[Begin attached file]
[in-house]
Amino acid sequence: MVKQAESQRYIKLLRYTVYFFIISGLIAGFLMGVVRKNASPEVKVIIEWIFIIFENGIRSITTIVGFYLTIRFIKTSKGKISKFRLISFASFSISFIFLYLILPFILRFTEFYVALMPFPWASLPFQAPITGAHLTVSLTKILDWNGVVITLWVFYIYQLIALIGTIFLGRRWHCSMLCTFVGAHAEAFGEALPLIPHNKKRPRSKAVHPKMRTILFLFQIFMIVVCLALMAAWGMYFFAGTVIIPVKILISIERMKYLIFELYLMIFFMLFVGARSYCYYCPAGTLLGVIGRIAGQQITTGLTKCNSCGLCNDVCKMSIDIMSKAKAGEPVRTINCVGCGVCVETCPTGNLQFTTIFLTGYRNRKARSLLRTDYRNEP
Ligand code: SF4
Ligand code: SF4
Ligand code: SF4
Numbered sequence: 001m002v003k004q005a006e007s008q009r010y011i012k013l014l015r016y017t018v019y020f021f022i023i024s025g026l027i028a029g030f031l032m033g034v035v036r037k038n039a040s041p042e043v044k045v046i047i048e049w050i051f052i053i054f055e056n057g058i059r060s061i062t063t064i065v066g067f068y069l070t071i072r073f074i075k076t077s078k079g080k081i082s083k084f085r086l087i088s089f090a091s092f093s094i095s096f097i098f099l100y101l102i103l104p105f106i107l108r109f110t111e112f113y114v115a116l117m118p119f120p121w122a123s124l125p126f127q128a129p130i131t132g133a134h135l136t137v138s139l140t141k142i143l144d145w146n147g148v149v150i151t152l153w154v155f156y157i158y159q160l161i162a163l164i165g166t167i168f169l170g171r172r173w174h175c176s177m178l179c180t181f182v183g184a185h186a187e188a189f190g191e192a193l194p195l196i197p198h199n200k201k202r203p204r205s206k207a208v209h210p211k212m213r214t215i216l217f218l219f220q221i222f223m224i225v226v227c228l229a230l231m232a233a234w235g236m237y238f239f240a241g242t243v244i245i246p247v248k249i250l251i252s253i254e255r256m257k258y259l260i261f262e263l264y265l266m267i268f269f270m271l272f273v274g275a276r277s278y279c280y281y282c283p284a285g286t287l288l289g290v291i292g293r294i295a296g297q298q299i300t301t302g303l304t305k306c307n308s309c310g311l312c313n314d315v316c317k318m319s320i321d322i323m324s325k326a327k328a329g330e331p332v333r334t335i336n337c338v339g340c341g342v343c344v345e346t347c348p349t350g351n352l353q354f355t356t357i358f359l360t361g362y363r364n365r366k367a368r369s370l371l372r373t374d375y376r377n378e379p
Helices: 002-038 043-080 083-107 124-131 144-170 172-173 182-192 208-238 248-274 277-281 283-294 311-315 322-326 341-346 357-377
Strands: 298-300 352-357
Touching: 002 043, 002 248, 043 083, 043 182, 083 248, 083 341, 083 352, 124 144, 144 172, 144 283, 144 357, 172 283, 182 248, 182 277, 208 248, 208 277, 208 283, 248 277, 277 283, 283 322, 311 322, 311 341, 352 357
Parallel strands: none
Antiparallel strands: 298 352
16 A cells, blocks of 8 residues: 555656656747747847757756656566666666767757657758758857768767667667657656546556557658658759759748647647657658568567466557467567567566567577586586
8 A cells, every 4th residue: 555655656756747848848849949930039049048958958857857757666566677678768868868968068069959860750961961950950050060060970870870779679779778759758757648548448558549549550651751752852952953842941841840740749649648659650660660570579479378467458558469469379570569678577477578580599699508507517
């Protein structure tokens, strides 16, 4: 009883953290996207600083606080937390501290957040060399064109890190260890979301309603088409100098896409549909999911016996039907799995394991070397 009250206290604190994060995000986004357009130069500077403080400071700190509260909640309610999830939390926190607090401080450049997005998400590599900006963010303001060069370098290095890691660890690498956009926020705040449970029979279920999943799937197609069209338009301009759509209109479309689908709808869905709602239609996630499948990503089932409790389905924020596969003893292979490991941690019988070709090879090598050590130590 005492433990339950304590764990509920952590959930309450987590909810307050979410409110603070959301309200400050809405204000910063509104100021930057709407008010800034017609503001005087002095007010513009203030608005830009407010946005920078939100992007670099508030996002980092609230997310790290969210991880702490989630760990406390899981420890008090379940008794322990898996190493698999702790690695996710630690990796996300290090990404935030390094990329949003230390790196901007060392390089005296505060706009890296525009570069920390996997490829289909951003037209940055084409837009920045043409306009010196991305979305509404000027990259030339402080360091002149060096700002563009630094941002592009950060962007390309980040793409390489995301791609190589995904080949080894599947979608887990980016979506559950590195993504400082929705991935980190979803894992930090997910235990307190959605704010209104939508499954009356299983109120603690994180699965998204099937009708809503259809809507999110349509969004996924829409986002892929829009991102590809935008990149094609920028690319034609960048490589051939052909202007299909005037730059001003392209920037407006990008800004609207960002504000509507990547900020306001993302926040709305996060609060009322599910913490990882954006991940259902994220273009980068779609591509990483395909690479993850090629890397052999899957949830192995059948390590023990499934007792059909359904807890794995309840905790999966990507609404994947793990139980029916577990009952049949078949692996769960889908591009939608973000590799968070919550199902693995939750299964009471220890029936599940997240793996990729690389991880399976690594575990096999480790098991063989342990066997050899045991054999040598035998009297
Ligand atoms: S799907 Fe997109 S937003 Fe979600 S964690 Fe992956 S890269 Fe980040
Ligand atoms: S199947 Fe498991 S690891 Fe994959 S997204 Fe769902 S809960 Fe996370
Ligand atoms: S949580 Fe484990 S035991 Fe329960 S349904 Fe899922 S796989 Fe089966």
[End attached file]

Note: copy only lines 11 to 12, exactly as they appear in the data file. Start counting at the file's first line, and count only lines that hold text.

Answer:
Antiparallel strands: 298 352
16 A cells, blocks of 8 residues: 555656656747747847757756656566666666767757657758758857768767667667657656546556557658658759759748647647657658568567466557467567567566567577586586